PERSONAL FINANCIAL PLANNING
The Valrex Model for valUing Employee Stock Options
By Marc S. Katsanis, CFA, CPA, Chaffe & Associates, Inc., New Orleans, La.
Using traded option models to value employee stock options (ESO) often results in overvaluation because the traded option models do not consider the selling restrictions typically placed on ESOs. In addition, traded option models result in low-quality valuations because they are highly sensitive to the user's estimate of the future volatility of the underlying stock.
Traded options have selling privileges: They can be sold and converted to cash quickly to hedge against future losses in the value of the options. ESOs have selling restrictions: They cannot be sold and converted to cash quickly. The selling restrictions placed on ESOs make them more risky and less valuable than otherwise identical traded stock options.
The Valrex model quantifies, then eliminates, the value of the selling privileges embedded within a traded option value. This value can be computed by calculating the value of an at-the-money put option on the ESO (i.e., the right to sell the ESO at its theoretical "freely traded" price).
The following are situations in which the Valrex model can be used to find a fair market value for ESOs:
Valrex is a two-part model consisting of a traded call option pricing model and a put option on the call option (the put-on-call) with an exercise price set at the theoretical "freely traded" call ESO value. The difference between these two parts of the model reflects the Valrex fair market value of the option. There are two basic types of options:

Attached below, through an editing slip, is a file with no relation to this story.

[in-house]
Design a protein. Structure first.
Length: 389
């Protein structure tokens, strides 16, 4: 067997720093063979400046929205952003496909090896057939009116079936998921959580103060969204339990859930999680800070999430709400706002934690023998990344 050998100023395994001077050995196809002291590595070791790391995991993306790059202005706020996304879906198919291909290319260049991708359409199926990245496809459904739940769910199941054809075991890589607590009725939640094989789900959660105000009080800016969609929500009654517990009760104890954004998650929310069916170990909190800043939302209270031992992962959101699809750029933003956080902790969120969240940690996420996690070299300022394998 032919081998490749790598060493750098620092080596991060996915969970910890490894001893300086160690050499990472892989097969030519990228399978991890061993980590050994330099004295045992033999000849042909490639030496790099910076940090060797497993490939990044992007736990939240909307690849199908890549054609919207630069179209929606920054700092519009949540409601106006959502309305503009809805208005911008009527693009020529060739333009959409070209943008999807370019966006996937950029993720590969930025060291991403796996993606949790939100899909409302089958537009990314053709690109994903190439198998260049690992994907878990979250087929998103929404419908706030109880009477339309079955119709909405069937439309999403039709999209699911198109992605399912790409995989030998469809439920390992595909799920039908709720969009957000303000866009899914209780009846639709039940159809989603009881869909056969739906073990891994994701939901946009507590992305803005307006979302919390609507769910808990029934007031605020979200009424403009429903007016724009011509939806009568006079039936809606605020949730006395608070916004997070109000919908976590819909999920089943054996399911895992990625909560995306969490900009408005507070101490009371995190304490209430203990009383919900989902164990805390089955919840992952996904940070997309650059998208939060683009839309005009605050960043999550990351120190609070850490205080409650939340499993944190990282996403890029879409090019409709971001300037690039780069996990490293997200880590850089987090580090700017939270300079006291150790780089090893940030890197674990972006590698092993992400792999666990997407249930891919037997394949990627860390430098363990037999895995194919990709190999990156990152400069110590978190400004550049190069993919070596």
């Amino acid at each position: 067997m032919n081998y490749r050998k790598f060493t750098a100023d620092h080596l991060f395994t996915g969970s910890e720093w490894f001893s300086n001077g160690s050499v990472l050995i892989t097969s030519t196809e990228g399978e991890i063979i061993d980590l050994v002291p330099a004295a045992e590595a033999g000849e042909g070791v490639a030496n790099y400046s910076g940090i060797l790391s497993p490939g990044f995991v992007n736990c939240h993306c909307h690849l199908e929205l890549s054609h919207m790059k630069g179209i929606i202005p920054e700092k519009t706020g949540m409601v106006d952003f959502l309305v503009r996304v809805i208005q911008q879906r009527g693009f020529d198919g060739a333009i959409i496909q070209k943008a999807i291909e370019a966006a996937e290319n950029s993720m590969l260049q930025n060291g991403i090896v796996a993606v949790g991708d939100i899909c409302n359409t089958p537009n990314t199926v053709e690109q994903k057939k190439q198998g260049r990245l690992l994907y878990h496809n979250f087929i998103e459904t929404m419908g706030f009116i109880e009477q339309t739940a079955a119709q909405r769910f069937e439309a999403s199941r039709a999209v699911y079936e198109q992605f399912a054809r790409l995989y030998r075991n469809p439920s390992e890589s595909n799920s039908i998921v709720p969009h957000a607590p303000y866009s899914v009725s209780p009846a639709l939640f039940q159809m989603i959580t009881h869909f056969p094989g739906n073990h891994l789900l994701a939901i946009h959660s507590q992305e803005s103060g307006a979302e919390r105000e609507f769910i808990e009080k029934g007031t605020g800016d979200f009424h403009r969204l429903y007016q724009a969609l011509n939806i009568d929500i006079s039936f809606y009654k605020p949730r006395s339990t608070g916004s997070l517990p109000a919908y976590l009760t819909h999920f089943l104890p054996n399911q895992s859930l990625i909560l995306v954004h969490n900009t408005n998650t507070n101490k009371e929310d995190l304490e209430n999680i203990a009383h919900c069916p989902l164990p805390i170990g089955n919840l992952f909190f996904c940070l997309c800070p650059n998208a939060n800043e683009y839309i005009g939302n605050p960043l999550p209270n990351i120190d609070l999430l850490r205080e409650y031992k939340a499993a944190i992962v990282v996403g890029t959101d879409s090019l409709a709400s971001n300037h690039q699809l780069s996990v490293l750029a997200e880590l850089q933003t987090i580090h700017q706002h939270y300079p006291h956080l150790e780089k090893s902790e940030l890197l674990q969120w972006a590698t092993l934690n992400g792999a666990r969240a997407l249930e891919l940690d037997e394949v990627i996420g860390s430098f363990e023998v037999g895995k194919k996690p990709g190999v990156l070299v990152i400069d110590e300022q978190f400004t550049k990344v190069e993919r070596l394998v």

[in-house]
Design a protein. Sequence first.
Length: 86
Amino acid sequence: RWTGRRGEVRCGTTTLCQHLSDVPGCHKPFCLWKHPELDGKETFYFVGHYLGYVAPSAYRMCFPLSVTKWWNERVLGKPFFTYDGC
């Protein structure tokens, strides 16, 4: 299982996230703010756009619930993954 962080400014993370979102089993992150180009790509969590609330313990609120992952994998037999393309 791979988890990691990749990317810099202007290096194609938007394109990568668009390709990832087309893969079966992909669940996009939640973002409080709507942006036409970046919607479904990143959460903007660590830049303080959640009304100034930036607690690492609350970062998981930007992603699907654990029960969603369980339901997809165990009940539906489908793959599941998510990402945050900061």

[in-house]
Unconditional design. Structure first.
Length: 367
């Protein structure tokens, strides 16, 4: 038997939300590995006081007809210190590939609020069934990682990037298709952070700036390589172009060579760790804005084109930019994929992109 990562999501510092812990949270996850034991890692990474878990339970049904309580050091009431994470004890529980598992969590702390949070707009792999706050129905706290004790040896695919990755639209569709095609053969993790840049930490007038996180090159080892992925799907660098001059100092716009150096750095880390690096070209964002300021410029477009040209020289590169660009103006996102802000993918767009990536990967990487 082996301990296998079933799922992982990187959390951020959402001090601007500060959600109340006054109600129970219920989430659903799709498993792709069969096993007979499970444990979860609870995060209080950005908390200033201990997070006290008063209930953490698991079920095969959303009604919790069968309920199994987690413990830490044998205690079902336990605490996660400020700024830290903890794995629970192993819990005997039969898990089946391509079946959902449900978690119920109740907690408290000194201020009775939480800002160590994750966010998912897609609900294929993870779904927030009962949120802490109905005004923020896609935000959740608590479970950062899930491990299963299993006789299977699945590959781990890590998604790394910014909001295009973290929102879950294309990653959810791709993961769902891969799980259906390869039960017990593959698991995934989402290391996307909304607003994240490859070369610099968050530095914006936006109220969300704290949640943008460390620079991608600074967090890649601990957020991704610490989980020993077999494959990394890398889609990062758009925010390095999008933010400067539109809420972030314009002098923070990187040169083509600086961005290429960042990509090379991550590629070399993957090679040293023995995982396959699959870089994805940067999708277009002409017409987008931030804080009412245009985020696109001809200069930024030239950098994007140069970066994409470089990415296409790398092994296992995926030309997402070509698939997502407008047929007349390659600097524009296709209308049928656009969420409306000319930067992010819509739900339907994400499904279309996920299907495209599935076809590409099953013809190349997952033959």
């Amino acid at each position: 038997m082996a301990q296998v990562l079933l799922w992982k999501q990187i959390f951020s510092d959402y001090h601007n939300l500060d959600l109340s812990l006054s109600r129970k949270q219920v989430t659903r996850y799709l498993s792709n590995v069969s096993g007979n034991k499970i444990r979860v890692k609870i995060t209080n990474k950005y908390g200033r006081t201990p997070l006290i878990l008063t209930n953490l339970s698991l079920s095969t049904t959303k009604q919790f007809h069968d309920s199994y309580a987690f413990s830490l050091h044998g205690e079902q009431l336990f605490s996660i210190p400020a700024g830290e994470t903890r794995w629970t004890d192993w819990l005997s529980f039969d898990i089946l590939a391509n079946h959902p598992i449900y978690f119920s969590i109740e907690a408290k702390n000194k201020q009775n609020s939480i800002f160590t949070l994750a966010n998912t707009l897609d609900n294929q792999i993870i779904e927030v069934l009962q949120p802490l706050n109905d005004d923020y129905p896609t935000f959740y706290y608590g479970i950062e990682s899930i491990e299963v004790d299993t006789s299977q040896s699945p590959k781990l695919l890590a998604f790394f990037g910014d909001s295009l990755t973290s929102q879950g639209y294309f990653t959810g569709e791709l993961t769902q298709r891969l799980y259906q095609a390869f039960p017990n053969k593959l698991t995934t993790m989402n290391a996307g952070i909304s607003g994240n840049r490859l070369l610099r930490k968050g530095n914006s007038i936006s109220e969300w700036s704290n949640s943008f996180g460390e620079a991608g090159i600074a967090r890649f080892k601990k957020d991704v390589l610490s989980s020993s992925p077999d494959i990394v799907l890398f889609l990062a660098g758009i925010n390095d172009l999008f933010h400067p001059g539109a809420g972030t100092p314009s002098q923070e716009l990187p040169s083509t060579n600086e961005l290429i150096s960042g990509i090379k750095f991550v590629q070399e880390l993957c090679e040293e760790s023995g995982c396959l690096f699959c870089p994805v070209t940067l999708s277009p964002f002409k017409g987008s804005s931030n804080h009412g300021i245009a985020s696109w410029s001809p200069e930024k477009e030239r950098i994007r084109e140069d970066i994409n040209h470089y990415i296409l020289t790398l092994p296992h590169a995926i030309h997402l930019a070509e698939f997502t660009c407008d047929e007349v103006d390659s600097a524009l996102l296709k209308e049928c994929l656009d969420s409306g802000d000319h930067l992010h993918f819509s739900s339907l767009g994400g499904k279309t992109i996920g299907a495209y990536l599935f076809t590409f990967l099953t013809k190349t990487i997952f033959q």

The Valrex fair market value of an ESO is computed as follows:
Valrex considers the same six input variables as Black-Scholes and other models for pricing traded options:
Consider an ESO with the following characteristics:
Stock price $100
Exercise price (ESO) $100
Risk-free rate 5%
Dividend yield 0%
Term to expiration (ESO) 10 years
The stock is publicly traded. Because the stock does not pay dividends, the expected dividend yield is zero. The option's exercise price is set by the option contract. A user of the option pricing model must remember that expected volatility may be materially different from historical volatility and adjust the volatility input accordingly. The risk-free interest rate can be obtained from yield quotes on zero-coupon government bonds. The ESO is fully vested, can be exercised at any time before expiration, and cannot be sold.
Step one. A 10-period trinomial call option pricing model is used to find the freely traded price of the ESO. The result is a value that is close to the Black-Scholes and binomial values for a stock that does not pay dividends: $73.15.
Step two. A put-on-call option is used to find the value of selling privileges embedded in the freely traded call value.
A put-on-call option valuation model has eight input assumptions, six of which are identical to the assumptions used to determine the freely traded value of the ESO in step one. The other two assumptions address the term and exercise price of the put-on-call. In Valrex, the two additional put-on-call inputs are calculated from the other six inputs.